Regional students in grades K-12 spent Saturday learning more about careers in science, technology, engineering and math (STEM) fields at the Wyndham El Paso Airport.
It was all part of UTEP’s continuing outreach to local K-12 schools, as the University’s Department of Mechanical Engineering offered the information session for students as part of its annual Southwest Emerging Technology Symposium (SETS).
“It is of utmost importance to engage students in STEM early, especially in our community,” said Ahsan Choudhuri, Ph.D., professor and chair of UTEP’s mechanical engineering department and organizer of the symposium. “Through several programs, we are rolling out unprecedented outreach efforts to build a strong STEM pipeline in every ZIP code in our region. Research confirms it is during the K-12 years that interest in these in-demand fields is initiated, then cultivated to ensure a future workforce in STEM. We’ve recruited these industry experts, some who are first-generation graduates, to motivate and inspire our future engineers and scientists.”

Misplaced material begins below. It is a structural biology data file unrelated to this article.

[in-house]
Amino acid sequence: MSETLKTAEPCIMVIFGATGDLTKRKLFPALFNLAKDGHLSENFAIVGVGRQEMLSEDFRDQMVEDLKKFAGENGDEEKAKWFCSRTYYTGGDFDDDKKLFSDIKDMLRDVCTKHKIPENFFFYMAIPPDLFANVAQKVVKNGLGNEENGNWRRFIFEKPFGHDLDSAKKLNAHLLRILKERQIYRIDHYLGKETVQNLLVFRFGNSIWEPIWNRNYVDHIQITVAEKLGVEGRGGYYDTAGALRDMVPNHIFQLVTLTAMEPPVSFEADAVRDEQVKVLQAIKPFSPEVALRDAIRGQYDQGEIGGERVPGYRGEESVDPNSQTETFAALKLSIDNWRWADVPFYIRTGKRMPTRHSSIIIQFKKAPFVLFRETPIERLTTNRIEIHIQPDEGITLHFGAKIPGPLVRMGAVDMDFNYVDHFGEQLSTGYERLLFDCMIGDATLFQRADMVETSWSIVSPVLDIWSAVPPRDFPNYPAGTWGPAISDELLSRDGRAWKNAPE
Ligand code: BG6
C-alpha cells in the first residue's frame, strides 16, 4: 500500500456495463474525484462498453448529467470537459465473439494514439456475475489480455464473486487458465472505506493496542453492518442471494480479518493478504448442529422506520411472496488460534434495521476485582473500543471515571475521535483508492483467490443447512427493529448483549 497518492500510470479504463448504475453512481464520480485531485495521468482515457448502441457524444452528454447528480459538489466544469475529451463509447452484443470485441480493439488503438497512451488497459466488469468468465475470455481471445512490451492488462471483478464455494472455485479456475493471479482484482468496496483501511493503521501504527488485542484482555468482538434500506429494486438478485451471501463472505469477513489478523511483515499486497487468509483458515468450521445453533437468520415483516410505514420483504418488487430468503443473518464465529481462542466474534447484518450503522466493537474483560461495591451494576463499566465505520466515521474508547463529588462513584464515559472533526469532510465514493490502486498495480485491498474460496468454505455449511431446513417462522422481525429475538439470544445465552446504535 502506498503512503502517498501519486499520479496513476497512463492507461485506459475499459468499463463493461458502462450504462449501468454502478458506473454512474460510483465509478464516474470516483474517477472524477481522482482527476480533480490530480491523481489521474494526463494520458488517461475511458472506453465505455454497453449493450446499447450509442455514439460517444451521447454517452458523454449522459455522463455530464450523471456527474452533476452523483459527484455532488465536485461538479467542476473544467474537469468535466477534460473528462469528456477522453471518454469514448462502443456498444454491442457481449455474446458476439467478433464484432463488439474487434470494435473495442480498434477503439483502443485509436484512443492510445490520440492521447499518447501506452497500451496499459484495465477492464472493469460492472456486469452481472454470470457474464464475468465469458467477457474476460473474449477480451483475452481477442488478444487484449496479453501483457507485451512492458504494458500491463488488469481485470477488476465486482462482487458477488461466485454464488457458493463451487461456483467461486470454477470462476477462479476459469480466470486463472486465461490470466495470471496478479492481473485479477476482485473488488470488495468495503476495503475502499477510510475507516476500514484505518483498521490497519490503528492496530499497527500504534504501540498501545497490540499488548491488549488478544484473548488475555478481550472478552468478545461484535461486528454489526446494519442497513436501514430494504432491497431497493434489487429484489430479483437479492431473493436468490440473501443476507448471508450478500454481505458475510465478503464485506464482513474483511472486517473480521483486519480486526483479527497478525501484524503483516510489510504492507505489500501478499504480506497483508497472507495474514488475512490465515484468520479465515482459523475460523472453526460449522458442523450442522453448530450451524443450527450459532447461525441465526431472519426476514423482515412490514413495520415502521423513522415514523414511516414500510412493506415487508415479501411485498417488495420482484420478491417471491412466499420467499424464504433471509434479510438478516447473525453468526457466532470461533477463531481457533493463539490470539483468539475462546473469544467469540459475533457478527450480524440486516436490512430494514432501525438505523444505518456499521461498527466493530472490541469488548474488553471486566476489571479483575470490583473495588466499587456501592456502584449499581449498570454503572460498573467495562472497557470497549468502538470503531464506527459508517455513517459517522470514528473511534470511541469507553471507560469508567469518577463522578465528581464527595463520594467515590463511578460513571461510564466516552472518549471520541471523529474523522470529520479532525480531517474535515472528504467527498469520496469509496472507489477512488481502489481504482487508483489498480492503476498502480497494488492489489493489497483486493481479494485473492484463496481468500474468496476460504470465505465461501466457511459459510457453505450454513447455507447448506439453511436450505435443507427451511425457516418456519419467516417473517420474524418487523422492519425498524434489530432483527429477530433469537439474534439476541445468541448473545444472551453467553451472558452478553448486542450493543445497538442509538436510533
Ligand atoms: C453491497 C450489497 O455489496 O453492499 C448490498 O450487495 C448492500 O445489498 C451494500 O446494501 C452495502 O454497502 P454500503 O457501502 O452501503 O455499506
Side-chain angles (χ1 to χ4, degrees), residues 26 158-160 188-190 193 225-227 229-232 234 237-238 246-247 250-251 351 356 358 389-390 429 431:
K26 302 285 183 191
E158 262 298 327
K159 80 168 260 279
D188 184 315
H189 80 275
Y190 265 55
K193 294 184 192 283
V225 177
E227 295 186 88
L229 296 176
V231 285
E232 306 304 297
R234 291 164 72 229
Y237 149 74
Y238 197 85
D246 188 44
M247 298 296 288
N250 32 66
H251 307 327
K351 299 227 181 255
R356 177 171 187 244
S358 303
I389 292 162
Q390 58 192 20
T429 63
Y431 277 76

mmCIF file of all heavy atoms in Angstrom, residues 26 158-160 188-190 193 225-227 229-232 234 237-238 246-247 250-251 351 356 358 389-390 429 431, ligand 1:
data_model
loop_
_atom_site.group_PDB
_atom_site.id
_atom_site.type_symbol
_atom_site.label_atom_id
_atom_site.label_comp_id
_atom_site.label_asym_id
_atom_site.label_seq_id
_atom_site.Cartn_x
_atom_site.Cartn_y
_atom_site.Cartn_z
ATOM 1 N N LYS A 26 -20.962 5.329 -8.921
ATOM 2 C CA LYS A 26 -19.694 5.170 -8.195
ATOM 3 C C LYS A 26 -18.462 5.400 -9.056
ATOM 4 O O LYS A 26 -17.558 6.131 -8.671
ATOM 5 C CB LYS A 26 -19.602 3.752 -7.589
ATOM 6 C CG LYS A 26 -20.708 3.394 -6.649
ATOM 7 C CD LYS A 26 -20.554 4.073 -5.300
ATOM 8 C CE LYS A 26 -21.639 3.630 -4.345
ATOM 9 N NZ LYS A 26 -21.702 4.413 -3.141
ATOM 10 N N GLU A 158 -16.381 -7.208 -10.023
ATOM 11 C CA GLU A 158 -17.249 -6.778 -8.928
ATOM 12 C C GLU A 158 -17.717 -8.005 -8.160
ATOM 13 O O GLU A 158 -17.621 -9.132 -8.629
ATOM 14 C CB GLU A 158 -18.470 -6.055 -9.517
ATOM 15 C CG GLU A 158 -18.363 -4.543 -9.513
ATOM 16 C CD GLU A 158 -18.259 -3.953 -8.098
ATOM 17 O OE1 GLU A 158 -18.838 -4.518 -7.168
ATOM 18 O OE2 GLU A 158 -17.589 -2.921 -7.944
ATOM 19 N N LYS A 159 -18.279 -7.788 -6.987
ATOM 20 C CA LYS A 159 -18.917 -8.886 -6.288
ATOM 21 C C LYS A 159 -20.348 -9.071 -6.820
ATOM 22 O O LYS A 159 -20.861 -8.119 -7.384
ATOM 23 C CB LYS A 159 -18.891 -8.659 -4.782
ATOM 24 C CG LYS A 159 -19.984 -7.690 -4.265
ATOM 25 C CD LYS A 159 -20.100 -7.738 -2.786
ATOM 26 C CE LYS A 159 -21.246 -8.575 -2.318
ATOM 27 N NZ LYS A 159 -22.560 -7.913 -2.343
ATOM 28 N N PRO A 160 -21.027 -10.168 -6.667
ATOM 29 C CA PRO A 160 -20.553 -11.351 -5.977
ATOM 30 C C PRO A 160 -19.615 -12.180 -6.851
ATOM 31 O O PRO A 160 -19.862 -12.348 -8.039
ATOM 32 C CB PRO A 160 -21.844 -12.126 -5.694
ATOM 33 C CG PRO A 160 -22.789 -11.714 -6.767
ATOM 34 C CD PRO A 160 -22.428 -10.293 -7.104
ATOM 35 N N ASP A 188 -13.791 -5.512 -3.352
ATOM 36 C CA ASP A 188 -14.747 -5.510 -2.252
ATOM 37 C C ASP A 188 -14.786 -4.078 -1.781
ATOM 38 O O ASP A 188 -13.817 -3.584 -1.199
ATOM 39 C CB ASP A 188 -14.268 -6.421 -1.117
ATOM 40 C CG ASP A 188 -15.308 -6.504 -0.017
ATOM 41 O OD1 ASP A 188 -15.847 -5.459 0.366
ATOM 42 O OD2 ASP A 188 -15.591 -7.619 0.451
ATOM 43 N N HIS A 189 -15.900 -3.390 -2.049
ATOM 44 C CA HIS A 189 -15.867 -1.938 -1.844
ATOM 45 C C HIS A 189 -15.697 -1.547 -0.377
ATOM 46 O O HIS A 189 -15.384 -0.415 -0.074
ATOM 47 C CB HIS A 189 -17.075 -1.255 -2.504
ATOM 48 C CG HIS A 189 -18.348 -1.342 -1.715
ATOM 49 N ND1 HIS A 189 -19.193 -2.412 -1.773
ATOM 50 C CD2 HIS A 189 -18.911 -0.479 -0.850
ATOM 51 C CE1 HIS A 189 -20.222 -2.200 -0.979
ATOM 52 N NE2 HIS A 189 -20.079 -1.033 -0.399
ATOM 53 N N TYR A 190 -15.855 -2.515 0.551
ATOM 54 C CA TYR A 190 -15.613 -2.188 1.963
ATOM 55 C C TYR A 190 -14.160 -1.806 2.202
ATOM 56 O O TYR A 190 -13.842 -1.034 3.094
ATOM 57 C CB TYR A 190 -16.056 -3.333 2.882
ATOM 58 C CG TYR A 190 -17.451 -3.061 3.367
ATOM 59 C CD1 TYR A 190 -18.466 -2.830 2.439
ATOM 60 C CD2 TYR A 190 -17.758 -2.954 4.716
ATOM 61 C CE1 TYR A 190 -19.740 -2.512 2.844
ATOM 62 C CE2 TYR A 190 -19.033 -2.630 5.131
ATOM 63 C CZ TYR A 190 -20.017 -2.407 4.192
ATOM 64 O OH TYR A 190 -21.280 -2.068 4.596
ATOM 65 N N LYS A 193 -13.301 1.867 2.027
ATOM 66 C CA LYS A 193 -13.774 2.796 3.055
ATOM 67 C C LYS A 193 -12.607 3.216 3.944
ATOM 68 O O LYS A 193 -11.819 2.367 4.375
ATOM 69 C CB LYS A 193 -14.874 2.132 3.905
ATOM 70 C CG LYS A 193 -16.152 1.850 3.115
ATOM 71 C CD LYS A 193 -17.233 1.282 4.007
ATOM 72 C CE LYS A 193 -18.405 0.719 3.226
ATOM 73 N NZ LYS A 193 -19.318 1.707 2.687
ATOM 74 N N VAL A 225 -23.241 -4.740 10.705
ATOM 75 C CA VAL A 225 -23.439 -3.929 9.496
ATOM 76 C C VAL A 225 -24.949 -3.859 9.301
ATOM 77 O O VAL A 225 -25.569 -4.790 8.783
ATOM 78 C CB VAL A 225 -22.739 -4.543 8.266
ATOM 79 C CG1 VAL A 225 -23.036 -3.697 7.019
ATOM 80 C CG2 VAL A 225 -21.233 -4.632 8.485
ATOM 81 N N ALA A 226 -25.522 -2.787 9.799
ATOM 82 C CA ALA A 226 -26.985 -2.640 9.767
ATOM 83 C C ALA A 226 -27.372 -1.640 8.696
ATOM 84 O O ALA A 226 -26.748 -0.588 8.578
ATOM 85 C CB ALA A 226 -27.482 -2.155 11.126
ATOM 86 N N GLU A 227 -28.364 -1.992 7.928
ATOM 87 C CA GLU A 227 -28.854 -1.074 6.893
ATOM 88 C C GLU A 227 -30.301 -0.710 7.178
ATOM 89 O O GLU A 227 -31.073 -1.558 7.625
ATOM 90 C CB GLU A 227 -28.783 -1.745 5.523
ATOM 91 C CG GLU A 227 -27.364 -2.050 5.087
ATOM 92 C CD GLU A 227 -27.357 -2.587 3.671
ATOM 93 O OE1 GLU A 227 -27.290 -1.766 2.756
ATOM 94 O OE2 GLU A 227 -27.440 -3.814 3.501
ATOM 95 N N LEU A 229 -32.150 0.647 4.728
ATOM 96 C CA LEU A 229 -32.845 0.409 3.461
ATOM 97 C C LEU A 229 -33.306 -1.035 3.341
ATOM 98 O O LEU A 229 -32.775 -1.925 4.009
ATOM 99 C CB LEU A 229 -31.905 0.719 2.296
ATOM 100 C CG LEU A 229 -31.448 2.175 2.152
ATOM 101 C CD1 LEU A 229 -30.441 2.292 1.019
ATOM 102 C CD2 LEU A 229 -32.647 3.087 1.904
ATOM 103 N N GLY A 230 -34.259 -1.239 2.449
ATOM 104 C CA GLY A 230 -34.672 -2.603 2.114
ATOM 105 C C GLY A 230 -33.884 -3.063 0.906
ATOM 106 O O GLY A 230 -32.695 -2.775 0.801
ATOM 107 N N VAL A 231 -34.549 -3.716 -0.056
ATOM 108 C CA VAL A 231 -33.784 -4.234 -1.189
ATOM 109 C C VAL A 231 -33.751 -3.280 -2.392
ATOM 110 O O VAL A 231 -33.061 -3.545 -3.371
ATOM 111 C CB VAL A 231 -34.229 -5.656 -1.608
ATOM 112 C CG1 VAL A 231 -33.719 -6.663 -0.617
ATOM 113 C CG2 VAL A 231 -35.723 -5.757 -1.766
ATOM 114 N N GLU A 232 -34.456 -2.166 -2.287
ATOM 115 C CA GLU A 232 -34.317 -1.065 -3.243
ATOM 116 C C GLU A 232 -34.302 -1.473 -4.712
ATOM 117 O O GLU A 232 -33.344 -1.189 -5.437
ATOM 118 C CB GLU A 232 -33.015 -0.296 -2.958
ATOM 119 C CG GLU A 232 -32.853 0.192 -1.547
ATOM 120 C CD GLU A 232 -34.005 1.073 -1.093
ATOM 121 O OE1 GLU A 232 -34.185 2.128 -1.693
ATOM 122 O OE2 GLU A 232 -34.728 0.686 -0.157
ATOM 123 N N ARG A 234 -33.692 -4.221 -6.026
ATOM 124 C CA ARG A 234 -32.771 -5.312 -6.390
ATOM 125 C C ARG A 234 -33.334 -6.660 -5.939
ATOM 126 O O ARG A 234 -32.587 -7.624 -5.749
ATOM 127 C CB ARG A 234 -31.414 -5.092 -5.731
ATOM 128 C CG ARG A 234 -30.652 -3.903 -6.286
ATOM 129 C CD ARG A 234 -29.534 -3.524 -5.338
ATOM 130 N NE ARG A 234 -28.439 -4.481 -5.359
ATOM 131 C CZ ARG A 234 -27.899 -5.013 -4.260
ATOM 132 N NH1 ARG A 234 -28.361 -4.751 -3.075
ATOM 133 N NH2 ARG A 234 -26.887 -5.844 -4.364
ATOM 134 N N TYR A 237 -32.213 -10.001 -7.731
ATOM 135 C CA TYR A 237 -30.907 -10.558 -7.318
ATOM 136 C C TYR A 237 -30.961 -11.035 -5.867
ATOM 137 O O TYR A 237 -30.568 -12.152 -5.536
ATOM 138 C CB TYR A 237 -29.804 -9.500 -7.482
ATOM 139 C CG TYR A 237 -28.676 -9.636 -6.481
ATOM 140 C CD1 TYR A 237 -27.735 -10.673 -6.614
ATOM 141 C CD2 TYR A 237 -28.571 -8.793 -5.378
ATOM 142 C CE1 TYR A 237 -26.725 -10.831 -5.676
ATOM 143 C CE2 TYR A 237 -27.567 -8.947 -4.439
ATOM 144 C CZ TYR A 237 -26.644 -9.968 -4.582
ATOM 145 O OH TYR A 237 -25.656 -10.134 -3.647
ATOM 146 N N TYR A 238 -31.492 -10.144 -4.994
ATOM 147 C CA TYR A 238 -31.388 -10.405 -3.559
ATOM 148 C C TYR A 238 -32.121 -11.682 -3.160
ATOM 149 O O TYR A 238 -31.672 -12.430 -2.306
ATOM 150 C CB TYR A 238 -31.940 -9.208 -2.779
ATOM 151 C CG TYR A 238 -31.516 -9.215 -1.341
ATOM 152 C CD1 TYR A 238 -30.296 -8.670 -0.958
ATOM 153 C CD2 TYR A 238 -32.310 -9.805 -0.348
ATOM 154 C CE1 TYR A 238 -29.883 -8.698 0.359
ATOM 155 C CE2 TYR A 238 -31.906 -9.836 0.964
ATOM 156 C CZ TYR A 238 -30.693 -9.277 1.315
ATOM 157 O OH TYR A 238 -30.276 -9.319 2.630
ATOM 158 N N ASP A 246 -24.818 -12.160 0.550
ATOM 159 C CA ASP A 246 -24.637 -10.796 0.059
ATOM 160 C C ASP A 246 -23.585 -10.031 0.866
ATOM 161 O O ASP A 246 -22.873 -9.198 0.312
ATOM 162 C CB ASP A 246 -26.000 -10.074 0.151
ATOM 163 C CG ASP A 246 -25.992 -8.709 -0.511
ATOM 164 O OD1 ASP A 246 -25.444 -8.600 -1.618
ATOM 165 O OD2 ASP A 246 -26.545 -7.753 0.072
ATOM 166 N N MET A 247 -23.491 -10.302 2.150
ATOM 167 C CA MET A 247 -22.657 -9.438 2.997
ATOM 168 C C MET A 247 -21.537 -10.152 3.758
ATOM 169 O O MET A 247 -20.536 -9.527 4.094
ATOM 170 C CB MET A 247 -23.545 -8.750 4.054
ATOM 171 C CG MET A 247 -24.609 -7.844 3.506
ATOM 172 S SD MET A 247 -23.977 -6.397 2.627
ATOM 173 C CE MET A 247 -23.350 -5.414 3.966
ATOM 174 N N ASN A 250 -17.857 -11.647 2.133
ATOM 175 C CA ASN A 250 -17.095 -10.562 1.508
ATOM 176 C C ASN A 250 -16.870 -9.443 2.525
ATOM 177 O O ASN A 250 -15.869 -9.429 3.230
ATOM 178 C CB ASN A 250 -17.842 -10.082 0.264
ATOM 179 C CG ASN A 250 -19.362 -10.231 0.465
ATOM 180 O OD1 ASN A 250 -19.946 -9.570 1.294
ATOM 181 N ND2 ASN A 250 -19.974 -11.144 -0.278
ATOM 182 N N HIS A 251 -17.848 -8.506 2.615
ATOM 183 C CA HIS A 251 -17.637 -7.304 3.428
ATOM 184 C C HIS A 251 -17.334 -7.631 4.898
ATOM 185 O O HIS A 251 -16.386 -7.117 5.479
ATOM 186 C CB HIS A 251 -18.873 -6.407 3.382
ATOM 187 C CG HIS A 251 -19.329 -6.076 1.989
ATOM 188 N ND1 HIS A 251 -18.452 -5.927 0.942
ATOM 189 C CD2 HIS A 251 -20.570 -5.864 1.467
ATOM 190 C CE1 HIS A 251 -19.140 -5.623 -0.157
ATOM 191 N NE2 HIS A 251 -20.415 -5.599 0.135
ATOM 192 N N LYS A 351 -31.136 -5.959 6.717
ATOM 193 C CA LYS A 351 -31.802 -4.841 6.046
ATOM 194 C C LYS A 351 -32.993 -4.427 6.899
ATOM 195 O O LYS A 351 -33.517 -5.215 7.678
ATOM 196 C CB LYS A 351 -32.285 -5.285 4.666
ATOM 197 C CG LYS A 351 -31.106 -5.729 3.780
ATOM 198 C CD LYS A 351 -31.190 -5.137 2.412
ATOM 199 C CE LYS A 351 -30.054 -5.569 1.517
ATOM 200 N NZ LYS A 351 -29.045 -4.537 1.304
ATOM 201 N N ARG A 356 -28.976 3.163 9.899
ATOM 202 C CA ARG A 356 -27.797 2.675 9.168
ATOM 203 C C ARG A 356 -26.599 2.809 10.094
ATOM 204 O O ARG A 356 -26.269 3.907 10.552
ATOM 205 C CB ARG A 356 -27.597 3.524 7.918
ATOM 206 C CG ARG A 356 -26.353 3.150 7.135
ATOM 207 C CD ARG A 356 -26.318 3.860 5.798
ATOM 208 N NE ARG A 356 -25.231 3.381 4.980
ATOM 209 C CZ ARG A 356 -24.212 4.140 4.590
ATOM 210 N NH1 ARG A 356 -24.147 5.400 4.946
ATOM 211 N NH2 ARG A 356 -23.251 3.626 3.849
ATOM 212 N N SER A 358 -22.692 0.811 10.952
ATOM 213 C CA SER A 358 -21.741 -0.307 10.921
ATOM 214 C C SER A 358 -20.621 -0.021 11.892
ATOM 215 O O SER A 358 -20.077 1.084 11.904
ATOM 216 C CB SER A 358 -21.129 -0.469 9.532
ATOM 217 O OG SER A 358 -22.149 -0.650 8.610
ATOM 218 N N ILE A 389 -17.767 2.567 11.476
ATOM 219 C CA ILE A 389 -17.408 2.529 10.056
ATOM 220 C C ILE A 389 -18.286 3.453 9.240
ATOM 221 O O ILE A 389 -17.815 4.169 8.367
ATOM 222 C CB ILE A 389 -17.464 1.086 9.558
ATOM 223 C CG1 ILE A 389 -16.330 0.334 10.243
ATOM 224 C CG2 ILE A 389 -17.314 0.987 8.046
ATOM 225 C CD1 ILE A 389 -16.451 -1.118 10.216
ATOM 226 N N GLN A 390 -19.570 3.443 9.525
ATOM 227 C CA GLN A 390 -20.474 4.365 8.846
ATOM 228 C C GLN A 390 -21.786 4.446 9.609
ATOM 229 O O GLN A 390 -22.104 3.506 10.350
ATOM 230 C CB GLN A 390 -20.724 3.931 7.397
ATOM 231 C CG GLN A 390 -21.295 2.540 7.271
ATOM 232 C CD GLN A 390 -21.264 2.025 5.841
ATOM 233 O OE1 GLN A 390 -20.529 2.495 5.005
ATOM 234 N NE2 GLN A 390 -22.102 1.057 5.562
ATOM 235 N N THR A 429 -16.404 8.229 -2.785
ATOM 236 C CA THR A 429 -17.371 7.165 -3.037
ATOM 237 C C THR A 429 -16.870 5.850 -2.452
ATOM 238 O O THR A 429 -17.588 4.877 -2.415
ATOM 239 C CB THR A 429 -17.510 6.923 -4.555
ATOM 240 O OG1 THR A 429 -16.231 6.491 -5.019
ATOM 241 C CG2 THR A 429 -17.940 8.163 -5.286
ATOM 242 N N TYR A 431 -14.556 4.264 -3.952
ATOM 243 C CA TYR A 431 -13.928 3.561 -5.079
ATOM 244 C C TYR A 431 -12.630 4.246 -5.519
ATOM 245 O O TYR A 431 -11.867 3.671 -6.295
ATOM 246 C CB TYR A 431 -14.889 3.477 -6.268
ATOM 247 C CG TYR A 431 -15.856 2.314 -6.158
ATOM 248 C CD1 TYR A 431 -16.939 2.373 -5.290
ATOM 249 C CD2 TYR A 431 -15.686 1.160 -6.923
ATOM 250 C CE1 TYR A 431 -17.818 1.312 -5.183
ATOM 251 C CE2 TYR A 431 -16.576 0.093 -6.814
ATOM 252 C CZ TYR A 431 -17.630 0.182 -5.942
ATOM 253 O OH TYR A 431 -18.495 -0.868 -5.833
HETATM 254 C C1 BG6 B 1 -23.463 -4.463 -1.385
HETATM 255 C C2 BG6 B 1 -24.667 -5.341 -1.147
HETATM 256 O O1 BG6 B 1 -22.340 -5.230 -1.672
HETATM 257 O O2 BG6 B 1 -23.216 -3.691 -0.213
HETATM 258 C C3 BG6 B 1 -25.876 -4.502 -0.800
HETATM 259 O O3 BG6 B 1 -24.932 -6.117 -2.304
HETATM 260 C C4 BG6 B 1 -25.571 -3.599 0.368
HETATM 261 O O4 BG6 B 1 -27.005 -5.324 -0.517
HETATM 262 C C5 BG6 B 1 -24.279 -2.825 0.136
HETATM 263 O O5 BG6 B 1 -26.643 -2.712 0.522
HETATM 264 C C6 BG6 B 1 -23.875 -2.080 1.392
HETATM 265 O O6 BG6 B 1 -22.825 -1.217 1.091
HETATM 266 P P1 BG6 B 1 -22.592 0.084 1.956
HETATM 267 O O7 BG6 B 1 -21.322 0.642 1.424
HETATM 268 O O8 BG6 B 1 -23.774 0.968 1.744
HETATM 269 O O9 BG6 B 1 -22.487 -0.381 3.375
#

Session participants included RAND Corp. Senior Policy Researcher Michael McGee, Ph.D.; NASA Johnson Space Center Chief Technologist for the Propulsion and Power Division John H. Scott; NASA Glenn Research Center Chief of the Chemical and Thermal Propulsion Systems Branch Mark Klem; FBM Director of Programs with Lockheed Martin Space Systems Co. Nick Gonzales; Acting Crosscutting Technology Manager in the Office of Strategic Planning for the U.S. Department of Energy Robert Romanosky; and Director of the W.M. Keck Center for 3D Innovation at UTEP Ryan Wicker, Ph.D.
The symposium provided career-building opportunities for students from UTEP and across the country in a professional conference setting, connecting these students with researchers, scholars and industry professionals for possible recruitment opportunities.
All photos courtesy Ivan Pierre Aguirre for UTEP